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An engineering economic analysis is a breakdown of the various options for an engineering project based on its overall costs. These reports allow companies to decide which option works best from a profit standpoint before they begin the project. Commonly, an engineering economic analysis looks at a project from two basic directions: the physical costs, such as materials and labor, and the time to complete the project. Since time is such a fundamental aspect in construction and manufacturing, it has a huge impact on the direction in which a company will choose to go.
In most cases, an engineering project will have several different options for going forward, including different building or manufacturing techniques, schedules, and even building locations. Each of these variations makes a slight change in the cost of building the project. While some may seem obvious, such as using a part that costs less than half of another, they aren’t always so straightforward.
In the example above, a single piece costs half as much as an alternative piece. When looked at by itself, this seems like an obvious choice, especially if the pieces are of comparable quality. The problem arises when looking at the bigger structure of the engineering project. Say that one piece is only so inexpensive if it is shipped within a certain group of countries where labor costs happen to be significantly higher. By using the less expensive piece, the company may end up losing money overall.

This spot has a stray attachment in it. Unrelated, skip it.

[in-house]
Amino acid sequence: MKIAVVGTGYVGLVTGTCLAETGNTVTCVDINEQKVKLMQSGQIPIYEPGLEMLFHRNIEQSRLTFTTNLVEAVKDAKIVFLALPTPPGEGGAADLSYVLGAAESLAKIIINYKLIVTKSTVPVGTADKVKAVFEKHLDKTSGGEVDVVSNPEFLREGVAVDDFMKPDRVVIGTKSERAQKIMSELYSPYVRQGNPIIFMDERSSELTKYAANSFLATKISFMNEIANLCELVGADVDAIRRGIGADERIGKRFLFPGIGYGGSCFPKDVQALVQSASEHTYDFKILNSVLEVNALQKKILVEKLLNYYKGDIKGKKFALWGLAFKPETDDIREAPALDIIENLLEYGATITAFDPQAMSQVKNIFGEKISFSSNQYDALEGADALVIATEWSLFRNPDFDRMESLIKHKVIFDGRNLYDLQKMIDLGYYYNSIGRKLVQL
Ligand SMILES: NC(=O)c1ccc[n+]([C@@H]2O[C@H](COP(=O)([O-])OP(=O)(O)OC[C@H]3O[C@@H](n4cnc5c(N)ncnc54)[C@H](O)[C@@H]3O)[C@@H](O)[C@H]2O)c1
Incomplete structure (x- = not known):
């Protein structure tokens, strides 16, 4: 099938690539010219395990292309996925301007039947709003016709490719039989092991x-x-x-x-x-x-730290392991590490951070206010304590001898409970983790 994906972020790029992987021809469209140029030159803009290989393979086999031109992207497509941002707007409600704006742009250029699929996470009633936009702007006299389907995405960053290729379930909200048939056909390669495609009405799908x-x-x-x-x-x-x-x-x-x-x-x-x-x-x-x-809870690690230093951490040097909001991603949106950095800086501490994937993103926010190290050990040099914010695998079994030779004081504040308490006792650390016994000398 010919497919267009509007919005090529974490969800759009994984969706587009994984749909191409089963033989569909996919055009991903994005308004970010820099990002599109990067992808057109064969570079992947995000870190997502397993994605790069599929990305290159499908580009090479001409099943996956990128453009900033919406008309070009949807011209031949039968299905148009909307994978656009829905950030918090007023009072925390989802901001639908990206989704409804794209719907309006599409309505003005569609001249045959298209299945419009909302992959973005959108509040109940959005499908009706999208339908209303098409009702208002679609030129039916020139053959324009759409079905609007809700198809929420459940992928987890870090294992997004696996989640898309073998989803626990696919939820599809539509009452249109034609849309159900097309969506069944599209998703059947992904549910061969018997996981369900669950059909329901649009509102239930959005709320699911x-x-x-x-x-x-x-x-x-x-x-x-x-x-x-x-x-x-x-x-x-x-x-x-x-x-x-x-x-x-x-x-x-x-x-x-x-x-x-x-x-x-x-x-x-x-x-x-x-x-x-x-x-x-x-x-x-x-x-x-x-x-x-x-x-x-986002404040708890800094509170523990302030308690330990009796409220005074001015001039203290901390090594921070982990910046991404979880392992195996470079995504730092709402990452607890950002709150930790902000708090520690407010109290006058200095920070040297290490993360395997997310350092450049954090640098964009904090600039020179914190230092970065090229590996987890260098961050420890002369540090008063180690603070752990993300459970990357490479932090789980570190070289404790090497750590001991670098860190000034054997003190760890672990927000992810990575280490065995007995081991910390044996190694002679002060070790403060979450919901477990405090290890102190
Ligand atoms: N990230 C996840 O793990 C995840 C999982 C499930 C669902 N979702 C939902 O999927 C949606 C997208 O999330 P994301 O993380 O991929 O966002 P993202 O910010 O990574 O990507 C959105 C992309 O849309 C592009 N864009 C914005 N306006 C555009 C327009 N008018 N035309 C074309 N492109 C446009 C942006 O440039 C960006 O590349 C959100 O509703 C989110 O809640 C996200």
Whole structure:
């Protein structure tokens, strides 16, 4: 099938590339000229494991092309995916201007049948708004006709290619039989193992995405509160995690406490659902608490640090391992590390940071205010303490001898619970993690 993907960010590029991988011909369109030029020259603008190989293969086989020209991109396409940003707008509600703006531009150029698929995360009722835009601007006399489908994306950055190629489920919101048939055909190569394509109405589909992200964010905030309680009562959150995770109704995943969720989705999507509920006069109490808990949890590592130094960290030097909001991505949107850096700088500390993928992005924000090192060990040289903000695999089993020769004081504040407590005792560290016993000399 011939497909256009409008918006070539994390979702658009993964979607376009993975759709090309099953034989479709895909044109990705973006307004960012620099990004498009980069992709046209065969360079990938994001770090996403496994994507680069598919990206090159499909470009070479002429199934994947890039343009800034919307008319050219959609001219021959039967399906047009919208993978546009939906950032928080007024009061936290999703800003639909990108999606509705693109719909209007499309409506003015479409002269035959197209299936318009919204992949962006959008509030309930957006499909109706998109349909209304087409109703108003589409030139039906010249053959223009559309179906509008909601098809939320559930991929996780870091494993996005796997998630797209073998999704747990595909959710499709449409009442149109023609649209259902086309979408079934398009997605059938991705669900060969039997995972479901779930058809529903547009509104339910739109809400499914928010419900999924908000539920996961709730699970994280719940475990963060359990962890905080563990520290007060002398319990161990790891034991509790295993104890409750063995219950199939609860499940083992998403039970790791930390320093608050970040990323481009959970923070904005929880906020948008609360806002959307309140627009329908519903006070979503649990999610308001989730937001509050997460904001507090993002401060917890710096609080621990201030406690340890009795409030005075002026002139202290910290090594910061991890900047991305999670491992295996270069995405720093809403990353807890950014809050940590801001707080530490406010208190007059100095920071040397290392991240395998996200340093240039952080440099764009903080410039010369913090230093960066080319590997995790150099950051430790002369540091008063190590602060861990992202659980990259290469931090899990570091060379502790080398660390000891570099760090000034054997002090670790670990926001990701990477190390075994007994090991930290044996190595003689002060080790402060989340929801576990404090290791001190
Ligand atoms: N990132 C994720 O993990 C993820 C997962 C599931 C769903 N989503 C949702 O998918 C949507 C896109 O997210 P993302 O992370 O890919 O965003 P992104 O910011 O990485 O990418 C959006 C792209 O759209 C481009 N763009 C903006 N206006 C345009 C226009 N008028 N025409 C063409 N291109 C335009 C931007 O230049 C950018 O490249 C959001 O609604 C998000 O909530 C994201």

The job of an engineering economic analysis is wading through all of those variables and putting price tags on various options. By looking over the document, the people in charge of the project can look at the costs as a whole, with all the options spelled out. This will assist a company in making the decision of how, when, and where to complete the project.
Most engineering economic analysis reports will have two major areas: details of the physical requirements, and time. The physical requirements of the project relate to the cost of the materials, labor, and manufacturing. Material and labor costs are often quite basic when looked at alone; it is the manufacturing costs that become more involved. These costs include refitting an assembly line to account for the new project, buying or adapting tools and equipment, and defining energy and waste disposal costs.
The second major section of most engineering economic analysis reports relate to time. Time is complex subject in most fields, but it is even more so when performing long engineering tasks or batch processing. Small variations in time, like one process taking a few seconds longer than another, can result in many hours of additional work over the course of a project. This extra time results in additional payroll, electricity costs, and potential completion delays. These will all need to be weighed against the benefits of the process.
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